Nope, didn't know that thanks for the tip. Should the water and evaporated milk total to the original amount of milk in the recipe?

                        1. re: MrsJonesey

                          Perfect, thanks I think it'll be nice to try it, hopefully it'll work out for our Thanksgiving macaroni and cheese. So just to confirm, if the recipe calls for 2 pints of half and half I'd just need equivalent 1 pint volume of evaporated milk?

                          1. re: fldhkybnva

                            Yes, to sub for 2 pints half and half, use 1 pint evaporated milk and 1 pint water.

                            1. re: MrsJonesey

                              1 part em to 1 part water is equal to milk.

                              1. re: divadmas

                                For some reason I thought evaporated milk was used in recipes like mac and cheese for its thickness, doesn't adding water sort of eliminate that effect?

                                1. re: fldhkybnva

                                  makes sense to me. you can even get low fat or fat free em, i just got some but haven't used yet. sub for cream, nice and thick.

                                  1. re: fldhkybnva

                                    Thickness, no. I have trouble keeping my mac and cheese saucy enough to suit me, so no, it doesn't thin it out. If you mean richness, as with heavy cream, hmm, I suppose if you wanted your mac and cheese that rich, you could use it undiluted. I will be interested to see what others say about this.

                                    1. re: MrsJonesey

                                      I guess my question would be then why not just use regular milk. I'm just clueless about evaporated so learning :) Is it just more convenient?

                                      1. re: fldhkybnva

                                        Speaking for myself, yes, it is all about convenience. We drink skim milk, but I rarely use it in cooking. I keep cans of evaporated milk on hand. Don't have to worry about it going bad until it's opened and even then, it keeps upwards of a month.

                                        Also, I could be entirely wrong about this, but it seems like once upon a time it was more economical, ounce per ounce, than fresh milk. It certainly isn't now.

                                        1. re: MrsJonesey

                                          I see, makes sense especially for this house as well. I have never actually had a glass of milk so I can't remember the last time I had any in the house.

                                      2. re: MrsJonesey

                                        Well now I figured out why I'm confused, I idiotically asked the wrong question. Our family macaroni and cheese recipe uses half and half and I was wondering if evaporated would be a 1:1 substitute for that as in 1 pint half and half to equal volume evaporated without added water? Sleep deprivation nabs me again.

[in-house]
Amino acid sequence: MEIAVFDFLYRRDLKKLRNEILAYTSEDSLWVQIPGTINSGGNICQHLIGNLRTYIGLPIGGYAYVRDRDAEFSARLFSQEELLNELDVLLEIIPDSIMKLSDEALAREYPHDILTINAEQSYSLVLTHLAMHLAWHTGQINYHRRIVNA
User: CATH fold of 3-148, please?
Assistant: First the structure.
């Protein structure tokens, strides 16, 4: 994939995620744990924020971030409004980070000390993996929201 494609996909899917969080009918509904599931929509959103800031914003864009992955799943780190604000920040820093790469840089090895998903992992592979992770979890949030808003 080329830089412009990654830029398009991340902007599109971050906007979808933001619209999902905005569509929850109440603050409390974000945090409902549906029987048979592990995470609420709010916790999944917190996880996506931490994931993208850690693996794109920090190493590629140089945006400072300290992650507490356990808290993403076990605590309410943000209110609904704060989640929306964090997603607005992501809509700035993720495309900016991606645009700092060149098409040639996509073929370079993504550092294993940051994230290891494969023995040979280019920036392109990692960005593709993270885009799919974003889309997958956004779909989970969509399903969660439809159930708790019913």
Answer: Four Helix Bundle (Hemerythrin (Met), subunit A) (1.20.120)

1. re: fldhkybnva

                                          Okay, I wasn't sure so I looked for the answer. According to this, yes sub 1:1 undiluted evaported milk for half and half. http://www.foodsubs.com/Dairyoth.html

                                          Scroll down to the info on half and half.

                                          1. re: MrsJonesey

                                            Yea, I Googled it this morning and that's how I realized my posting error. Thanks for the link.

                            2. re: fldhkybnva

                              No! If you want the maximum creaminess in the cheese sauce, use the evaporated milk straight. The only times I've had a cheese sauce break are when I've been a little short on EM and added a bit of water. Even then, I came nowhere near a 1:1 dilution.

                  2. If you are just looking to use up a small amount or a partial can, it's quite tasty in coffee in place of milk or half and half.

                    2 Replies
                    1. re: janniecooks

                      I was in panic mode this morning when I realized I will not have any cream for my coffee in the morning. Well, guess what? I will try some EM, just trying to get over using that instead of my delicious cream.

                      1. re: cstout

                        I don't use it regularly, but got in the habit of keeping a few small cans in the pantry for those emergencies! I first had EM in coffee in Mexico, where nearly every place we had coffee served evaporated milk as the "crema". Oh, and be sure to use it straight, don't dilute it.

                    2. I sub it for cream in sauces and soups. Its not quite as rich but still delicious and saves me a few calories.